U.S. energy companies added 26 oil rigs this week, boosting the count to 791, its highest since April 2015, even as crude pulled back from three-year highs with drillers expecting higher prices for their output in 2018 than last year.
The increase in the week to Feb. 9 was the biggest weekly rise since January 2017, Baker Hughes, a GE company, said in its weekly report.
The U.S. rig count, an early indicator of future output, is much higher than a year ago when 591 rigs were active as energy companies have continued to boost spending since mid-2016 when crude prices began recovering from a two-year crash.
U.S. crude prices on Feb. 9 fell through $60 per barrel for the first time since December and have tumbled more than 11% from this year’s high point in late January, due to growing worries that U.S. production will overwhelm efforts by OPEC nations to cut supply. That compares with averages of $50.85 in 2017 and $43.47 in 2016.
Looking ahead, futures were trading above $57 for the balance of 2018 and below $54 for calendar 2019.
In anticipation of higher prices in 2018 than 2017, U.S. financial services firm Cowen & Co. said 36 of the roughly 65 E&Ps they track, including Pioneer Natural Resources Corp., have already provided capex guidance indicating an 8% increase in planned spending over 2017.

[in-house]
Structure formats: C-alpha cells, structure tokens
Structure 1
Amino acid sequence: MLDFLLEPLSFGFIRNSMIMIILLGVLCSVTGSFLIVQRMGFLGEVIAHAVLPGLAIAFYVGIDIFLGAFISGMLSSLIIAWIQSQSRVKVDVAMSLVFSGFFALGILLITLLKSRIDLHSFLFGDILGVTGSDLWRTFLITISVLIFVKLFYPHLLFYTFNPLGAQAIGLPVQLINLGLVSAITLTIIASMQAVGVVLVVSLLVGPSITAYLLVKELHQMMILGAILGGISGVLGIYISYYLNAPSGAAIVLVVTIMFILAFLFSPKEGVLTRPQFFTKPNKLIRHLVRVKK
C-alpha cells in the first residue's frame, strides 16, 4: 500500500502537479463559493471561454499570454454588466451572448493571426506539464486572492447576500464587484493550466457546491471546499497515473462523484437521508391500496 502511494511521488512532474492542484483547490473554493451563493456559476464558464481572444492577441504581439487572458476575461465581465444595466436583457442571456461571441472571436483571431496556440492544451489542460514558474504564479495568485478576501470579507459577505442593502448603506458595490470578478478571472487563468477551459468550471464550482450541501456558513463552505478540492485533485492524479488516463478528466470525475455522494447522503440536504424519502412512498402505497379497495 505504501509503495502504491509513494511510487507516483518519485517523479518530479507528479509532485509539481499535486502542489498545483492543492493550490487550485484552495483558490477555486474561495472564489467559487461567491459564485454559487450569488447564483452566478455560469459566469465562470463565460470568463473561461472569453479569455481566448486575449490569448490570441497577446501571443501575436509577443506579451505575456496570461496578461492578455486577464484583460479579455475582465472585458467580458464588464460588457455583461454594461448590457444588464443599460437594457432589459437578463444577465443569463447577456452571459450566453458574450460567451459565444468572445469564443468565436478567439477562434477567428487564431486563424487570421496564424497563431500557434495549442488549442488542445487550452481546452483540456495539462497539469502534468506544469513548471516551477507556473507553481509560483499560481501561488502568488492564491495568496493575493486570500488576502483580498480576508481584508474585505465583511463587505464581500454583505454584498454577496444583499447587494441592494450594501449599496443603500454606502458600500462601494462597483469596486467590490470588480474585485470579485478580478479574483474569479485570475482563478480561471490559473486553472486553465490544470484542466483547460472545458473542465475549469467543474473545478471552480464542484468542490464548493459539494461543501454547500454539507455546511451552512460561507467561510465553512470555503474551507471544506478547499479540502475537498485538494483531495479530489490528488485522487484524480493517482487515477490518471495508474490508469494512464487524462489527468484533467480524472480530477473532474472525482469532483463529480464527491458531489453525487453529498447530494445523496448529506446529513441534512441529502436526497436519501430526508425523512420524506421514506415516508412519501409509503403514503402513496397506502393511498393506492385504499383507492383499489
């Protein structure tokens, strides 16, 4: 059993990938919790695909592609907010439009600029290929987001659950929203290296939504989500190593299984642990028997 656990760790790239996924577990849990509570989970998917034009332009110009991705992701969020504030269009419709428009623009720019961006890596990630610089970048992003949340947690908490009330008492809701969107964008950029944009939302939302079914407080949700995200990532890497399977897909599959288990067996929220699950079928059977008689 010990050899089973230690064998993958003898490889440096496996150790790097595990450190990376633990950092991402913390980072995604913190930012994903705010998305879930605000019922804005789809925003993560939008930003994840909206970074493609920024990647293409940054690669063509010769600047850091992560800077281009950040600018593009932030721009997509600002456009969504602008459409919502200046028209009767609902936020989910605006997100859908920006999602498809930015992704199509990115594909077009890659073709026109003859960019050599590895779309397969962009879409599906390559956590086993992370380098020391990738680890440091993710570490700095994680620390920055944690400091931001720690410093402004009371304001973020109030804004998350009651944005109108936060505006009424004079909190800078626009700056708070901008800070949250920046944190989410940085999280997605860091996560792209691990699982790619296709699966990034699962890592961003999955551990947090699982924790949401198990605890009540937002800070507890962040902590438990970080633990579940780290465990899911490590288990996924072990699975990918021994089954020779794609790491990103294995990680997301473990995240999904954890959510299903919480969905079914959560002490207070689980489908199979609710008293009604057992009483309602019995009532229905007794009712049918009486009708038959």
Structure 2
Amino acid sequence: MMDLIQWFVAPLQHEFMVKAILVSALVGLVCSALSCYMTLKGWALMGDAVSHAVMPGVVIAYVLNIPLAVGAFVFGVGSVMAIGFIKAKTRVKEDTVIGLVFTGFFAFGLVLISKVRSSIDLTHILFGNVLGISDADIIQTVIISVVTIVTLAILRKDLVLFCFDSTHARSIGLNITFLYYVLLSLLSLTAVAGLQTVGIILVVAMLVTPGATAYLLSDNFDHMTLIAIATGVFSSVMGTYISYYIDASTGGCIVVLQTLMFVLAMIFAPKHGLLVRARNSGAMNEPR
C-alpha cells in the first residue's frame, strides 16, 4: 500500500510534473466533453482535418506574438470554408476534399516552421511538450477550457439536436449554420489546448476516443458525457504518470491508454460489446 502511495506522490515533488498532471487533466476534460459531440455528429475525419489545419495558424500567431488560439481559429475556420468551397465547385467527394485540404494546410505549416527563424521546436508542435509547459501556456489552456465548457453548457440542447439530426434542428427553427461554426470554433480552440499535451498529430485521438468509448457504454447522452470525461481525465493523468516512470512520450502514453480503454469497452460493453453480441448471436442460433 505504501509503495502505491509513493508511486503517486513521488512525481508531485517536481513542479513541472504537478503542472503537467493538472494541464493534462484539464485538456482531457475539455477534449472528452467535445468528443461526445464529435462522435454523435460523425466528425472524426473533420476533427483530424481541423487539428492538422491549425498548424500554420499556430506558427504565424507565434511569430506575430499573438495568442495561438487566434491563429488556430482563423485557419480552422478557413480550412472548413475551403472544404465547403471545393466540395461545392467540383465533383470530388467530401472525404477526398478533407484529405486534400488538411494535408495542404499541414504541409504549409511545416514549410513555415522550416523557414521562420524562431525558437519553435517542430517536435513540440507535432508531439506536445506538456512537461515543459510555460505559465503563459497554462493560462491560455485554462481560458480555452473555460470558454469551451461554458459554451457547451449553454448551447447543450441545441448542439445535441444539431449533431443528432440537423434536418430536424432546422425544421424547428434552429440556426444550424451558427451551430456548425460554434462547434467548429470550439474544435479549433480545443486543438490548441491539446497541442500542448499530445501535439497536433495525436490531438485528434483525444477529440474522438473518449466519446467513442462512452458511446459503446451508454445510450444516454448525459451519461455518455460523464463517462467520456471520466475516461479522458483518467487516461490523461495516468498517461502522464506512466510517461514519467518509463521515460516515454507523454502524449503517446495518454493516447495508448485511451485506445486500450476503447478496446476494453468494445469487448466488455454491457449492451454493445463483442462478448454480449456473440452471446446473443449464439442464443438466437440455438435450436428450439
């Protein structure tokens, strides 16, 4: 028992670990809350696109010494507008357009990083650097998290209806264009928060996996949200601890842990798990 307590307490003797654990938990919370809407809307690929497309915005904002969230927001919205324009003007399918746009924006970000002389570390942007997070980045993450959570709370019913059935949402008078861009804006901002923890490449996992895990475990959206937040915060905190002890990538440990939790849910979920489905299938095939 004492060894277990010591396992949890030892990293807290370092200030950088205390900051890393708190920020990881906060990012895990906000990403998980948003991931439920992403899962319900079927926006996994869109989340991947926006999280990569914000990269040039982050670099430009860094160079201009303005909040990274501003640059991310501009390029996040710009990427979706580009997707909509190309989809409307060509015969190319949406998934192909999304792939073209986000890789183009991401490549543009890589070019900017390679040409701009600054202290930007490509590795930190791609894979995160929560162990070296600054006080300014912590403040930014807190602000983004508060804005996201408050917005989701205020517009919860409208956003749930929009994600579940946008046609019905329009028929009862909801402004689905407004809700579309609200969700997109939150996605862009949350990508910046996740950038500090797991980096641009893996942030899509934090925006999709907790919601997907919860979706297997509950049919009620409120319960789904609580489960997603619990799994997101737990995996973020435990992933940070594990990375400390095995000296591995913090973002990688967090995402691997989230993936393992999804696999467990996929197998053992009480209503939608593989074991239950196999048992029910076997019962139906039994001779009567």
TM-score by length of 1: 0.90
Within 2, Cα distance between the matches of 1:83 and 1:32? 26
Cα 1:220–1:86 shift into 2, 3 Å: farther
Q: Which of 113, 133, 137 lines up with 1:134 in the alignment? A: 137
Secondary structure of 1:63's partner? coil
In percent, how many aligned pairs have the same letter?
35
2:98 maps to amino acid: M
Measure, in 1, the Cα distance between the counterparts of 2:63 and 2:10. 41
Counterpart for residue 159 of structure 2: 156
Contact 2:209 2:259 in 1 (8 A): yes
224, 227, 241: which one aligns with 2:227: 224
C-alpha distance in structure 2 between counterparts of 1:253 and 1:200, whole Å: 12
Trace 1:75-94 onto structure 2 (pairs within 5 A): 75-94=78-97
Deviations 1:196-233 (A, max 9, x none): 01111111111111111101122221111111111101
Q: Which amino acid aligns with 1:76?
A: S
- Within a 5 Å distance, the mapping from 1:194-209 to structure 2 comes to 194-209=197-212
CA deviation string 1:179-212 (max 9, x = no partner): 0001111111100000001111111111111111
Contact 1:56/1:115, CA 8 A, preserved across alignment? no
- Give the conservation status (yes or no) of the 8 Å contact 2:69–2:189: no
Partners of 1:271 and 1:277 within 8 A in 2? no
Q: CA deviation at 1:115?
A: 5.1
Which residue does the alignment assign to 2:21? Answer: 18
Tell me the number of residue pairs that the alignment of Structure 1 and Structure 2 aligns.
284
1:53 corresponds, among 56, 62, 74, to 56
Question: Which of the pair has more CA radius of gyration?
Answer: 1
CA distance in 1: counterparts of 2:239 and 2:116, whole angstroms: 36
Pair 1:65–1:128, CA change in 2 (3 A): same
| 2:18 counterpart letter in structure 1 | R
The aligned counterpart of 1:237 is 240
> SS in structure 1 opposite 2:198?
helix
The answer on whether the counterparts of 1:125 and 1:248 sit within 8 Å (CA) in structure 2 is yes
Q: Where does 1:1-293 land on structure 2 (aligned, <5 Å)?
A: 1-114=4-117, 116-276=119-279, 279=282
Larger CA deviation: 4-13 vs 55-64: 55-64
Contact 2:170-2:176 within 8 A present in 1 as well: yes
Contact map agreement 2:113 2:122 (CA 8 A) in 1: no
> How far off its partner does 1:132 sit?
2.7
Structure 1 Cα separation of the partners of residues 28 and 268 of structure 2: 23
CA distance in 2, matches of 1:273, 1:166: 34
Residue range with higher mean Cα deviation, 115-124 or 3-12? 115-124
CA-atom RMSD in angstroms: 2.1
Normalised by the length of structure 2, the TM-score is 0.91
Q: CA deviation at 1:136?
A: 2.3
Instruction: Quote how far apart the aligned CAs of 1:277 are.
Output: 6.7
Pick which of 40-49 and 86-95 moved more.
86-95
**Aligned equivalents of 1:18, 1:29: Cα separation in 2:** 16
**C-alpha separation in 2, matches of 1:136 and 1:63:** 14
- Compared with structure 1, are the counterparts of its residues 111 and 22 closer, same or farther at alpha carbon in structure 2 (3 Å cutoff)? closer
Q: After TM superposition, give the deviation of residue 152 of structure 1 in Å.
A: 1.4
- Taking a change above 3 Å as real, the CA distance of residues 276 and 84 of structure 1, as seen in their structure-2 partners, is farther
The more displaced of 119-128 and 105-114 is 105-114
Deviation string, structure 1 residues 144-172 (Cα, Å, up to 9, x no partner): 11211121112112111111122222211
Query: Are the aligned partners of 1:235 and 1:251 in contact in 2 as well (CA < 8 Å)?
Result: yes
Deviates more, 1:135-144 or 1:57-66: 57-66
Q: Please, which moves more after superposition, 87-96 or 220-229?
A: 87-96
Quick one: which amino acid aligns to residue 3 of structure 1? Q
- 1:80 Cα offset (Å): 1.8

Pioneer said it expects to spend about $2.65 billion in drilling and completions in 2018. Cowen said that was up 1% from 2017.
Cowen said the E&Ps it tracks planned to spend about $66.1 billion on drilling and completions in the lower 48 U.S. states in 2017, about 53% over what they planned to spend in 2016.
Analysts at Simmons & Co., energy specialists at U.S. investment bank Piper Jaffray, this week slightly reduced their forecast the total oil and natural gas rig count to an average of 1,002 in 2018 and 1,128 in 2019. Last week, they forecast 1,006 in 2018 and 1,131 in 2019.
There were 975 oil and natural gas rigs active on Feb. 9, also the highest since April 2015. On average, there were 876 rigs available for service in 2017, 509 in 2016 and 978 in 2015. Most rigs produce both oil and gas.
The U.S. Energy Information Administration in February projected U.S. production would rise to a record high annual average of 10.6 million barrels per day (MMbbl/d) in 2018 and 11.2 MMbbl/d in 2019, up from 9.3 MMbbl/d in 2017.
The current all-time U.S. output annual peak was in 1970 at 9.6 MMbbl/d, according to federal energy data.
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